A new noninvasive method was used to measure the impairment of pulmonary gas exchange in 34 patients with lung disease, and the results were compared with the traditional ideal alveolar-arterial Po2 difference (AaDO2) calculated from arterial blood gases. The end-tidal Po2 was measured from the expired gas during steady-state breathing, the arterial Po2 was derived from a pulse oximeter if the was 95% or less, which was the case for 23 patients. The difference between the end-tidal and the calculated Po2 was defined as the oxygen deficit. Oxygen deficit was 42.7 mmHg (SE 4.0) in this group of patients, much higher than the means previously found in 20 young normal subjects measured under hypoxic conditions (2.0 mmHg, SE 0.8) and 11 older normal subjects (7.5 mmHg, SE 1.6) and emphasizes the sensitivity of the new method for detecting the presence of abnormal gas exchange. The oxygen deficit was correlated with AaDO2 ( R2 0.72). The arterial Po2 that was calculated from the noninvasive technique was correlated with the results from the arterial blood gases ( R2 0.76) and with a mean bias of +2.7 mmHg. The Pco2 was correlated with the results from the arterial blood gases (R2 0.67) with a mean bias of -3.6 mmHg. We conclude that the oxygen deficit as obtained from the noninvasive method is a very sensitive indicator of impaired pulmonary gas exchange. It has the advantage that it can be obtained within a few minutes by having the patient simply breathe through a tube.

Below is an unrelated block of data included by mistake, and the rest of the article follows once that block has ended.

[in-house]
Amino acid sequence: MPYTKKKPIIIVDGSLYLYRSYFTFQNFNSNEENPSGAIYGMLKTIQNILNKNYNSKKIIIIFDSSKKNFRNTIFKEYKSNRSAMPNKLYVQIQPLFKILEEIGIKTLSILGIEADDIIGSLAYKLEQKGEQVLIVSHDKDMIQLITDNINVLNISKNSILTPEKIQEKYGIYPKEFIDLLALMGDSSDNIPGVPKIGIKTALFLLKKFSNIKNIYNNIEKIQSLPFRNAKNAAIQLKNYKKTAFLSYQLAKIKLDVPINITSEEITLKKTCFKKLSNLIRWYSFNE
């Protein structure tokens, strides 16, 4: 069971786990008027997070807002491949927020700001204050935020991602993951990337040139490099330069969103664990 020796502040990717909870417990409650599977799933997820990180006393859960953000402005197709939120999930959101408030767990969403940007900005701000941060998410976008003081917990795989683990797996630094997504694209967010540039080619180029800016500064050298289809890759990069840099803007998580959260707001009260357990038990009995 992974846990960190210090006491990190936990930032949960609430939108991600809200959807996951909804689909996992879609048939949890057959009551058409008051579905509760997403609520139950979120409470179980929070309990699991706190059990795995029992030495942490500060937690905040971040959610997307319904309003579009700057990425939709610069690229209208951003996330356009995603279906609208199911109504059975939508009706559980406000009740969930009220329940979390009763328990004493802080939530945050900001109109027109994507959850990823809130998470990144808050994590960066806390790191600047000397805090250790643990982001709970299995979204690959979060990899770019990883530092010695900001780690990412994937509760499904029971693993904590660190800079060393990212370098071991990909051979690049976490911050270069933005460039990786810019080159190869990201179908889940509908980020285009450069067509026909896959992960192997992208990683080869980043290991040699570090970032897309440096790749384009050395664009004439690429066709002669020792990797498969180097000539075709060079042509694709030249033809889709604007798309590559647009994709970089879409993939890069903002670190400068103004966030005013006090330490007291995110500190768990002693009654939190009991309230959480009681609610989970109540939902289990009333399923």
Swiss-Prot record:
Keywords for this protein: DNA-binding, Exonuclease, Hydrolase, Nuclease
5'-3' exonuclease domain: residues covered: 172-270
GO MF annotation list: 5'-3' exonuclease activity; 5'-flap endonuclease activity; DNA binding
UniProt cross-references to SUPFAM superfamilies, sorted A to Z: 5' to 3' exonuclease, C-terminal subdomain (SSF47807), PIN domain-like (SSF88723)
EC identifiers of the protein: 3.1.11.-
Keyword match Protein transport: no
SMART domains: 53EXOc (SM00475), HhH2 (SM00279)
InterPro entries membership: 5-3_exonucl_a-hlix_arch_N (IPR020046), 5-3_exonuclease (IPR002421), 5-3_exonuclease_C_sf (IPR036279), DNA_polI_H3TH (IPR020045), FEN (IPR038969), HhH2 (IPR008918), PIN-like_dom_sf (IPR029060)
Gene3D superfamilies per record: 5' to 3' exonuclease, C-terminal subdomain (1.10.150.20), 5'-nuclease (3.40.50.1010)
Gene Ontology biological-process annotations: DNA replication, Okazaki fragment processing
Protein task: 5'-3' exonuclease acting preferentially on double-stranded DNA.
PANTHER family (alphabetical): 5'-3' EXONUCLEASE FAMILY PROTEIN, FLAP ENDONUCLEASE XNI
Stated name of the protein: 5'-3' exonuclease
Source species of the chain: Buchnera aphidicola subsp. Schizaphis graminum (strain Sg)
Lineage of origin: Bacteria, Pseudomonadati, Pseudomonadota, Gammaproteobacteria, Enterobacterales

Keywords: alveolar P; alveolar gas; alveolar-arterial oxygen difference; oxygen dissociation curve.